Hands up, don’t shoot. Pants up, don’t loot. Black lives matter. White lives matter. We live in a white supremacist culture. We live in post-racial America.
I can’t breathe
I can breathe
I can’t breathe
It is a frustrating time to be living in America. Imagine being a teenager, and growing up trying to make sense of two narratives: One that validates the black experience, acknowledges systems of oppression and unapologetically states what should be obvious—black lives matter; and another that mocks and ignores that first world view, and asserts racism does not exist.
In 2015, most public schools still privilege and teach a dominantly white canon, in literature and in history. If you are a person of color and have no representations of yourself or your history in any of the materials you’re taught in the school system, how are you expected to relate to it? How are you expected to learn?
I tried to pay attention but they classes wasn’t interestin’
They seemed to only glorify the Europeans
Claiming Africans were only three-fifths a human being
These are lyrics from the song “They Schools” by the hip-hop group Dead Prez. But in the hands of educator Brian Mooney, who teaches the song in his extracurricular History of Hip Hop Class alongside literature written by people of color, they’re sparks, engaging minority and white students in discussions on race and privilege, providing students with an outlet for their frustration, a way of understanding how and why our country is the way that it is—and a way of fighting a paradigm that tells people of color, daily:
Your experience does not matter.
Your culture does not matter.
Your history does not matter.
In a recent blog post, the High Tech High School English teacher wrote of his class’ inspirational dynamic, which sees Mr. Mooney teaching Toni Morrison’s The Bluest Eye alongside Kendrick Lamar’s To Pimp a Butterfly. Mr. Mooney’s students weren’t the only ones stirred up by his innovative teaching. The story soon drew the attention of Kendrick Lamar, who visited the North Bergen, N.J., high school this June, where he listened to students’ slam poetry, gave feedback on their work, and threw a surprise performance.
Lamar’s visit validated the work that Mooney and other hip-hop educators have been doing for years, bringing national attention to why it matters to teach hip hop in our schools today.
“If we’re talking about the most urgent and immediate reasons that hip-hop is important now, I think it’s because of the fact that as a country, nation and society, we haven’t internalized that black lives matter. And the reason that this became a movement and a hashtag, and we’ve seen this coming up in the news over and over again, you know, ‘the unarmed black man being killed,’ it speaks to the nature of institutional racism, and hip-hop can be an incredibly powerful tool to address some of those systemic problems that still exist.”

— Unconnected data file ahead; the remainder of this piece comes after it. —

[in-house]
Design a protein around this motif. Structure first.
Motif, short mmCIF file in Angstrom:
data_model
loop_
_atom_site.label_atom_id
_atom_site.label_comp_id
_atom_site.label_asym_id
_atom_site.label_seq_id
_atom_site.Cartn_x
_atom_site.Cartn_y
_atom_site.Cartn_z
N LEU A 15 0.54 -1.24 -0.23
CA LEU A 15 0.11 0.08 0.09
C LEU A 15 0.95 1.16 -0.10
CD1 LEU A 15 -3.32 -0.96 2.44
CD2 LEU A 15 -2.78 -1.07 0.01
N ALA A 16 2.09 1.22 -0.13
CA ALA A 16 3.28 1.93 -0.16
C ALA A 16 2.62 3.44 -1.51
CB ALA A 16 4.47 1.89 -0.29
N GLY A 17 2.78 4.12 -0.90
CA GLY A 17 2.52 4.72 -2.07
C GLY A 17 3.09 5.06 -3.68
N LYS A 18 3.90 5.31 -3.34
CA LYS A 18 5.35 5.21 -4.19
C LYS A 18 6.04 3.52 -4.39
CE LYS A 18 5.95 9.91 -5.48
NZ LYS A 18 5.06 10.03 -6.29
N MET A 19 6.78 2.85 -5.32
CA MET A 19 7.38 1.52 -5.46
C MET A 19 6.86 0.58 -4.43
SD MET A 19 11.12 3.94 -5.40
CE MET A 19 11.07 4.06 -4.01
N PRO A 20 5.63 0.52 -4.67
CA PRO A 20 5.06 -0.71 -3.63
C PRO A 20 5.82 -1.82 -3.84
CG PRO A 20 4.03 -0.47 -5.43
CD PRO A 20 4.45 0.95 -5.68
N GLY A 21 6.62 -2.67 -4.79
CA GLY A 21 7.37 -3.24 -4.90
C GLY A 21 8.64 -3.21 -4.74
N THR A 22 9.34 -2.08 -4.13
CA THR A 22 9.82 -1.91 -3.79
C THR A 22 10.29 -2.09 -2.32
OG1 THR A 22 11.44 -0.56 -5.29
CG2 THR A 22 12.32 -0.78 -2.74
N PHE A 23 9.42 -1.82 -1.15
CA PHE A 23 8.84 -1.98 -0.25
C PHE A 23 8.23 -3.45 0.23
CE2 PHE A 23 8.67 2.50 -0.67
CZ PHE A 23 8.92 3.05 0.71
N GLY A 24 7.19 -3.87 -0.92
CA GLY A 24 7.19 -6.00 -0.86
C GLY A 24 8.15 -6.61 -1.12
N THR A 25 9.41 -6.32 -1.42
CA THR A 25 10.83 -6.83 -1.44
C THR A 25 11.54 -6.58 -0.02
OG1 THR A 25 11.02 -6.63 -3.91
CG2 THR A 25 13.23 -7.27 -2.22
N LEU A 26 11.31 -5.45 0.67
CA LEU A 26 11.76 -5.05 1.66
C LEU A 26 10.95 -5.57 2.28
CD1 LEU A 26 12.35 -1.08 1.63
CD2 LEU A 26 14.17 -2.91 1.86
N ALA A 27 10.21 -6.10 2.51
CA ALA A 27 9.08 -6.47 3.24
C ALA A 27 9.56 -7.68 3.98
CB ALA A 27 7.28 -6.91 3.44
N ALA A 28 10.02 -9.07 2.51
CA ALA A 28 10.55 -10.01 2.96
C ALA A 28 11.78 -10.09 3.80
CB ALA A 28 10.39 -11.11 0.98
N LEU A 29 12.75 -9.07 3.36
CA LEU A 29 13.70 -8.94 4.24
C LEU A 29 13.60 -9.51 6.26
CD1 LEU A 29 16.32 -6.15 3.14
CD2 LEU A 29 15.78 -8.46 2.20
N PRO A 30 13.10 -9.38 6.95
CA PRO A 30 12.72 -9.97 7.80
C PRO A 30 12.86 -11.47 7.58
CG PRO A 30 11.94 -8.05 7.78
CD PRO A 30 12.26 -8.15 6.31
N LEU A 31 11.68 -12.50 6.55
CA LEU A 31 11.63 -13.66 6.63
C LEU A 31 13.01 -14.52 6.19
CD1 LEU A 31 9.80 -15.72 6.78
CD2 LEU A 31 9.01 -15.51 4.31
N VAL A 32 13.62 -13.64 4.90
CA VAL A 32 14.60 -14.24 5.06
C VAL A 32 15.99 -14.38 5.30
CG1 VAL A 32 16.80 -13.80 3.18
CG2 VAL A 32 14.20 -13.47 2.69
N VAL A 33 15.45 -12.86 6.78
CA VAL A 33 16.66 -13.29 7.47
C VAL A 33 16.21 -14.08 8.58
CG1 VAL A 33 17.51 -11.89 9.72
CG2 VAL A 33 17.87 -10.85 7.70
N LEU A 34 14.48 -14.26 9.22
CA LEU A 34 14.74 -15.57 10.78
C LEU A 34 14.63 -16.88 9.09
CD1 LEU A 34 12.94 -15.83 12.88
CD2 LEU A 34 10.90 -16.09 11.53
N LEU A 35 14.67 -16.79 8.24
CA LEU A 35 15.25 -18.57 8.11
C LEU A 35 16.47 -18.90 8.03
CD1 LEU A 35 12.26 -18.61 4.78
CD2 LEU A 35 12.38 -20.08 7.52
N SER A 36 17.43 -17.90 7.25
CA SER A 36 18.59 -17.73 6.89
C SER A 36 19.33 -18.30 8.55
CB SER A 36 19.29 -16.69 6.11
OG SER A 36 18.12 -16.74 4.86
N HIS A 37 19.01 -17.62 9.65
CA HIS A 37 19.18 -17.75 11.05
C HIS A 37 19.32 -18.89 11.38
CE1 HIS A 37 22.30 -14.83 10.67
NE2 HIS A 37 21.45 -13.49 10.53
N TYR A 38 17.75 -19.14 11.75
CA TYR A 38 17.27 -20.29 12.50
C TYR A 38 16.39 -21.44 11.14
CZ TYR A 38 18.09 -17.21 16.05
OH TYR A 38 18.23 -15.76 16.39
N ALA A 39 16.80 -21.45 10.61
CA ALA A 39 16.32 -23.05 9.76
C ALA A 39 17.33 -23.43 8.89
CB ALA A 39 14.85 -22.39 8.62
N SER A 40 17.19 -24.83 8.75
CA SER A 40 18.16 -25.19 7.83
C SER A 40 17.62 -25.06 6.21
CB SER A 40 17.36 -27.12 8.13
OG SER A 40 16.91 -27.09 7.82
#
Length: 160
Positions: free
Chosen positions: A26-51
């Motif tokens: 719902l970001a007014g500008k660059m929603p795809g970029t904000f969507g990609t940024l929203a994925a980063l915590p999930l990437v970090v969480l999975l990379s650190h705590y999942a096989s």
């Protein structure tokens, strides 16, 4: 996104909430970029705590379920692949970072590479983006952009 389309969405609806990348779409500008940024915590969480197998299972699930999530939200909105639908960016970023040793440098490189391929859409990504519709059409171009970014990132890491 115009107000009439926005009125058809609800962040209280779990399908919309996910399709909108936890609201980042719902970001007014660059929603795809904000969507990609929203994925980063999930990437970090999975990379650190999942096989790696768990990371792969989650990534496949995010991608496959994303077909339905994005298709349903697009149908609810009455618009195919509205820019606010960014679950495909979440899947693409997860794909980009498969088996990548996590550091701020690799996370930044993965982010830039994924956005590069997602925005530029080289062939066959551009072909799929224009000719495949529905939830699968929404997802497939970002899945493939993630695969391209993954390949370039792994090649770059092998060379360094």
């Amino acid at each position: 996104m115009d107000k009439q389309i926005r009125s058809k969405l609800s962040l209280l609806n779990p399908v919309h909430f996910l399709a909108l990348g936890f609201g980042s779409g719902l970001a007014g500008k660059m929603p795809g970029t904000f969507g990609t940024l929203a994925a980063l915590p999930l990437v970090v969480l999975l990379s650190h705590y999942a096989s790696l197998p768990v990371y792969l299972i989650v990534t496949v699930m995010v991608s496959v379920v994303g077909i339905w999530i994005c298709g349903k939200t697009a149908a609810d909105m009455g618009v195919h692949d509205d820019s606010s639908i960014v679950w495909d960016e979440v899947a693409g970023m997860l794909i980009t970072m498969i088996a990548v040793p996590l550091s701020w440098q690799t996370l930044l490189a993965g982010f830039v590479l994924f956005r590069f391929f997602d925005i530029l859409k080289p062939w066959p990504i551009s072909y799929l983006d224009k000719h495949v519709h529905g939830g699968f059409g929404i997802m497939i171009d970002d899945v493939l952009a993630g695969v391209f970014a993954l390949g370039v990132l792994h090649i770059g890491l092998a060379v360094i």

Rapper Khafre Jay, another hip-hop educator, founded Hip Hop For Change, a nonprofit that brings hip-hop education and workshops to inner city schools in the San Francisco Bay Area. His workshops teach the history of hip-hop, how to break dance, do graffiti, and how to rap. He sees Hip Hop For Change as an organization that is providing high school kids with education that they do not currently receive in schools.
“To be quite blunt with you, we have a white supremacist education system. And what that means is that it places the history and the contributions of history of white people above all else,” Jay says. “Black people, our history is really a footnote, mostly relating to slavery, as are the contributions of Latinos and other different cultures.”
These cultural blind spots directly impact how these students see themselves and how they view their potential. “When we talk about the impact of a young brown person going through a school that shows them no representation of people like them, it doesn’t value their cultural expressions or their learning styles, you are talking about setting up kids at a direct disadvantage.”
Mr. Jay and Mr. Mooney have both experienced hip-hop’s transformative power in the classroom. They say learning about the history of hip-hop has given their students the freedom to think critically, become more fully engaged, and allowed students to think for themselves. What better way for students to learn that black lives matter than teaching youth about the history, movements, music and politics of resistance?
By giving students the language of hip-hop to voice their experiences and culture, black lives matter becomes something more than a meme or a hashtag—innovative educators like Mr. Jay and Mr. Mooney are ensuring it’s a permanent part of the curriculum.